Cover Art from the 50th Anniversary Edition of "To Kill A Mockingbird" by Sarah J Coleman/Grand Central Publishing, used with permission
Cover Art from the 50th Anniversary Edition of “To Kill A Mockingbird” by Sarah J Coleman/Grand Central Publishing, used with permission

When I was little, I remember vividly when E.B. White died. I brought a newspaper article about his death to school to show my teacher, half-expecting we would talk about it as a class or have a moment of mourning. Then and now, authors who have touched my soul reside in a special place in my story-loving heart.

One of these is the reclusive Harper Lee, author of To Kill A Mockingbird, a novel that I read as a soft and impressionable but mature ten year old.

It’s hard to capture in words all that this story meant to me. There are whole passages that I can recall in vivid detail. When I think about heart-piercing moments, there are many in this book, one of which is the beat between Mr. Cunningham and innocent Scout when he squats down next to her and puts his hand on her shoulder and says, “I’ll tell him you said ‘hey’ little lady.”

Then there’s Calpurnia, the unsung hero of the story. While I, too, adore Atticus much in the same way that Scout does, and I can quote his many wise maxims from memory, it is Calpurnia I love and remember as a soul who lived and loved a bicultural existence, my first glimpse in a mirror of what it meant to be bicultural, reflected so vividly in a story.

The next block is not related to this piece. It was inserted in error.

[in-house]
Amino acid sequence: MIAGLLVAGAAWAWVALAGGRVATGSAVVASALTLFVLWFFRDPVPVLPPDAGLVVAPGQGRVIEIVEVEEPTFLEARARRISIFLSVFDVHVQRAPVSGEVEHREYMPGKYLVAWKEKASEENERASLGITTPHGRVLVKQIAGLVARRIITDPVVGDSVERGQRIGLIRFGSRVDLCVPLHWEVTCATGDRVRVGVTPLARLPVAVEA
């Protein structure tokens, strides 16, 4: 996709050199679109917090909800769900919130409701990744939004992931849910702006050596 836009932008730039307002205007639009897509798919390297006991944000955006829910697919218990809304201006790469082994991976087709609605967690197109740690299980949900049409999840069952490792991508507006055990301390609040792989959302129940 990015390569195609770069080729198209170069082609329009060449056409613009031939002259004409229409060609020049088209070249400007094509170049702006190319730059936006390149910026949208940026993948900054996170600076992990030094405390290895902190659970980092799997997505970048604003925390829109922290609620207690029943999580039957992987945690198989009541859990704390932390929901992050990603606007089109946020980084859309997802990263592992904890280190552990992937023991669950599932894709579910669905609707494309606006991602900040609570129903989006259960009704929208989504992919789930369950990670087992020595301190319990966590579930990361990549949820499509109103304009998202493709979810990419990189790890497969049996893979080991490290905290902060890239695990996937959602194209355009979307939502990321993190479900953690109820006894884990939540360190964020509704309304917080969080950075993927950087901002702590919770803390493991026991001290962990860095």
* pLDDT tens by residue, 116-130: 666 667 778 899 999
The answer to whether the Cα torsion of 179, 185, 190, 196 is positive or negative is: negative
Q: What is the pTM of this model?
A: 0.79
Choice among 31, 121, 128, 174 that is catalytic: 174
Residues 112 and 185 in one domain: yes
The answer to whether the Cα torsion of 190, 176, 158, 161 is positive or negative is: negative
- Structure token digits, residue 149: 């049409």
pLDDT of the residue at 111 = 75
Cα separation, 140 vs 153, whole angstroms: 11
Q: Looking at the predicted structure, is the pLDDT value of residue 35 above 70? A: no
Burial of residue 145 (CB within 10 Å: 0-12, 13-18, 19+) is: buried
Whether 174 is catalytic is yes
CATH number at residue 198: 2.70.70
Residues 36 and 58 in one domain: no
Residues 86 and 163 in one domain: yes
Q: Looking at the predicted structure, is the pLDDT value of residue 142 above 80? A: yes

Cal opened my young eyes to thoughts on the duality of living as a hyphen-American.

Here’s a quote from her on why she talks differently at the Finches (among white folk) than at church (among black folk):

“It’s not necessary to tell all you know…folks don’t like to have somebody around knowin’ more than they do. It aggravates ’em. You’re not gonna change any of them by talkin’ right, they’ve got to want to learn themselves, and when they don’t want to learn there’s nothing you can do but keep your mouth shut or talk their language.”

I remember how the words of this story felt in my head and in my heart. It was as if someone had lightly touched a dimmer switch, and a light was coming on, first as a soft glow and then stronger and brighter with each reread.

One could argue that I know nothing about who this reclusive author really was, but I love her for having touched my life in this way with her words. I am left with a heart filled with unexpressed gratitude for her contribution to literature and to my worldview.

Thank you, Nelle. Rest in peace.